It seems that Bhasan Char has become an attractive place for living for the Rohingya refugees in Cox’s Bazar.
Five Rohingya refugees on Saturday turned up to the river island on their own to unite with their family members who earlier came to the Bhasan Char with the government’s help.
They arrived in Bhasan Char from Teknaf and Ukia camps in Cox's Bazar on a sea-truck from Noakhali's Chairman Ghat on Saturday at around 2pm.
They came to Bhasan Char willingly to reunite with their family members, according to a government message. The RRRC - Office of the Refugee Relief and Repatriation Commissioner - helped them meet the family.
The government after taking consent has been arranging the transfer of refugees to Bhasan Char to decongest the Cox’s Bazar camps.
The river island was built to give temporary accommodation to 100,000 Myanmar nationals before their repatriation.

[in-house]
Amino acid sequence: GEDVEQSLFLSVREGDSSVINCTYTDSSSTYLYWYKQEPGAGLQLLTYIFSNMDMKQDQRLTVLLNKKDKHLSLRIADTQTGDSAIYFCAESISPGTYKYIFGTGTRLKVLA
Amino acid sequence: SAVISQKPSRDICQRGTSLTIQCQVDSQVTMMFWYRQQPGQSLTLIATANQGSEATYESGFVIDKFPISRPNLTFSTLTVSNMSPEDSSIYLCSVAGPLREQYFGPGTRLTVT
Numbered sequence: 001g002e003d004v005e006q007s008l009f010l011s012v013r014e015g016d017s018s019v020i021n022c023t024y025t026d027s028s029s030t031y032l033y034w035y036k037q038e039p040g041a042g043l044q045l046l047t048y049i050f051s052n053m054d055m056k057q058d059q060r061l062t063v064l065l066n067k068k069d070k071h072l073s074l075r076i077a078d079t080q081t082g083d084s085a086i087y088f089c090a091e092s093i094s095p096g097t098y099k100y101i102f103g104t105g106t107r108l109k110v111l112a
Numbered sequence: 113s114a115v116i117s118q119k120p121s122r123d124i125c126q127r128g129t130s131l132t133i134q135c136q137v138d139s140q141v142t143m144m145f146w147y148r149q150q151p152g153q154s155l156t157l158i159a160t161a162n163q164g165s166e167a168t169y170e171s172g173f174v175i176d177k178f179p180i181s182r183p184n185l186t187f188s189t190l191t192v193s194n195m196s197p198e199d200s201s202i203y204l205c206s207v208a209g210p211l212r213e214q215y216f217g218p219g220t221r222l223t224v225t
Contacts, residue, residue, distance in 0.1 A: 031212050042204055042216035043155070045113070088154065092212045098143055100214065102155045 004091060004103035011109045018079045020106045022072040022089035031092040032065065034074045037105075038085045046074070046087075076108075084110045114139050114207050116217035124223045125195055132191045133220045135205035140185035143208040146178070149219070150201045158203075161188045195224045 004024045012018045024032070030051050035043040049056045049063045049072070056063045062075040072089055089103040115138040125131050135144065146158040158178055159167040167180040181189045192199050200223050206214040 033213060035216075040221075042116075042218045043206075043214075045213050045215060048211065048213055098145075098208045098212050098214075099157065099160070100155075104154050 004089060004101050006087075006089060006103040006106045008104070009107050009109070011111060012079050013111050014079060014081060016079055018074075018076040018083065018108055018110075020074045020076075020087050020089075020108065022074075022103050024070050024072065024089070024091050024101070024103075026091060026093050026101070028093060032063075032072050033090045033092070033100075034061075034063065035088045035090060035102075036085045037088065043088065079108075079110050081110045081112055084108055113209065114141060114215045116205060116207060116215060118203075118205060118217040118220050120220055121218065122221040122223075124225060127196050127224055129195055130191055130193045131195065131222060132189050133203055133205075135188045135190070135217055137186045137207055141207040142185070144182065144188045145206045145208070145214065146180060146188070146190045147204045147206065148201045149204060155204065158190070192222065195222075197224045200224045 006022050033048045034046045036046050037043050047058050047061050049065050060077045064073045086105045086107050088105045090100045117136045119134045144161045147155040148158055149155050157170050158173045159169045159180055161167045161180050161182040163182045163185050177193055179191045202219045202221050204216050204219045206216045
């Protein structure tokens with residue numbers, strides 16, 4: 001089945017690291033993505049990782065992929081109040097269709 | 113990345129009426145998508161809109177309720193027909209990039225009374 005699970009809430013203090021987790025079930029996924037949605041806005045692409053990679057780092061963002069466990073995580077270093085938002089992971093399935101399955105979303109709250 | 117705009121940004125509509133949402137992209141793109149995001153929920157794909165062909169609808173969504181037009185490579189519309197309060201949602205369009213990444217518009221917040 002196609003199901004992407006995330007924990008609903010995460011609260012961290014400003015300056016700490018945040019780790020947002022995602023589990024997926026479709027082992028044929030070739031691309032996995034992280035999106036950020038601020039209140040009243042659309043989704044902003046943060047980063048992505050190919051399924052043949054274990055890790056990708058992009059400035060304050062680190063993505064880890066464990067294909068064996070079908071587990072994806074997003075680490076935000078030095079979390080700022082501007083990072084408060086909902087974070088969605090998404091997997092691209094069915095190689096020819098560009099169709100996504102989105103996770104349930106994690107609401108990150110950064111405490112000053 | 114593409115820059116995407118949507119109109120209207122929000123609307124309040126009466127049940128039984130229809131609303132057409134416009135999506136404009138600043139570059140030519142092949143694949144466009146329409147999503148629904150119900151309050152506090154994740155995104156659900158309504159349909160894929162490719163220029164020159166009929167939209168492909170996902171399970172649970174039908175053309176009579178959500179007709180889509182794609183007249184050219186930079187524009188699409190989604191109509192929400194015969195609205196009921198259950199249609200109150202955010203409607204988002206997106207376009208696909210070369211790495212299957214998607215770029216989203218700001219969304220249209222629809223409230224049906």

Bangladesh has given shelter to over 1.1 million Rohingya refugees. Most of them fled ‘ethnic cleansing’ in August 2017.
Bangladesh remained engaged with both Myanmar and the international community to send them back. Myanmar did not take back any Rohingya, despite signing deals with Dhaka.
The government invested hundreds of millions of dollars on infrastructural development of the Bhasan Char to make it a comfortable place for living.
All facilities - from health to temporary works and livelihood options - have been created there.
The mighty super-cyclone Amphan last year attested to the durability of the island and quality of the structures built.
A high-level UN team also commended the initiative.
"The Bangladesh government has made an important investment in Bhasan Char by developing the housing facility. If you compare with Cox's Bazar refugee camps, the housing facilities are much better in Bhasan Char," said UN Assistant High Commissioner for Refugees (protection) Rouf Mazou, who visited the island in Noakhali on May 31.